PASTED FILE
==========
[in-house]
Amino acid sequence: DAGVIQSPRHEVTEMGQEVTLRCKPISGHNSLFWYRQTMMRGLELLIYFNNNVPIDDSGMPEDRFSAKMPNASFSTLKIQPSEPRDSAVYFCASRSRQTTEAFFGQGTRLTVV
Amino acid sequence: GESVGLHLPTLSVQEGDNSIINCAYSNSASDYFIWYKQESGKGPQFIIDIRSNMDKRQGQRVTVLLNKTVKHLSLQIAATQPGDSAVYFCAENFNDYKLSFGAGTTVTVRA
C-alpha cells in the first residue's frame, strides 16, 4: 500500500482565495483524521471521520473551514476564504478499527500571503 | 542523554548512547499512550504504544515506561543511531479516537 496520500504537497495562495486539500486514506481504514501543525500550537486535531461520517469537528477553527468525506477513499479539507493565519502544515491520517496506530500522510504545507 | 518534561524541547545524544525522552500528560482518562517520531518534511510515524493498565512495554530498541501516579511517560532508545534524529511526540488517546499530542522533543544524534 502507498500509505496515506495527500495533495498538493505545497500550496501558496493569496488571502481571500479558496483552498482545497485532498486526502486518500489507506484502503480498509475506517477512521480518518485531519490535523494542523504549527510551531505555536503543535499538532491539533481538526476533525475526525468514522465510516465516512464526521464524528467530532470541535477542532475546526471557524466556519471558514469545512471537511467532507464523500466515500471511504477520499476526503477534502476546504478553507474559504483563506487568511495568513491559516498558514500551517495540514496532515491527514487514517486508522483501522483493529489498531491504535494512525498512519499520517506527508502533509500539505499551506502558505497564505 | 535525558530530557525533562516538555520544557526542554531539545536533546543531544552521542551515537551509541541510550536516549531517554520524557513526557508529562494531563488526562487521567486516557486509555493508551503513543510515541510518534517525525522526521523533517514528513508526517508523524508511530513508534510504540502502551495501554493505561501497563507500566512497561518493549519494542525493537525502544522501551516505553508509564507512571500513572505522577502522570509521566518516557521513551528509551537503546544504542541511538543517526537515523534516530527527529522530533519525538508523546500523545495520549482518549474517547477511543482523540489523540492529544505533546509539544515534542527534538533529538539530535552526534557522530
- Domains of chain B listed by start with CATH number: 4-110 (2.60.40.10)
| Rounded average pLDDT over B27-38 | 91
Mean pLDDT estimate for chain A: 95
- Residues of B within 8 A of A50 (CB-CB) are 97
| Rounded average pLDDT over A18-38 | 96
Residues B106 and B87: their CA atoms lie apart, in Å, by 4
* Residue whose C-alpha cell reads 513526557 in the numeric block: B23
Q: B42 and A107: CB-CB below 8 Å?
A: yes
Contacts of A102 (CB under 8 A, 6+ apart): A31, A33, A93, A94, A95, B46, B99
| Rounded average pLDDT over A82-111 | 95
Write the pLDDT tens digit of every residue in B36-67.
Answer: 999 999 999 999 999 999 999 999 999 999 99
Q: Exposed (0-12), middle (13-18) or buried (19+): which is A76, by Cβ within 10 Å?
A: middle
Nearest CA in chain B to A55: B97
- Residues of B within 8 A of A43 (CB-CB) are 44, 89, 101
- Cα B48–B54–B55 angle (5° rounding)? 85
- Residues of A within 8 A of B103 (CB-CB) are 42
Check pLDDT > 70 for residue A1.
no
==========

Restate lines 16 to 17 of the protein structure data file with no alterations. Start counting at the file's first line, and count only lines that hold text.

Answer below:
Write the pLDDT tens digit of every residue in B36-67.
Answer: 999 999 999 999 999 999 999 999 999 999 99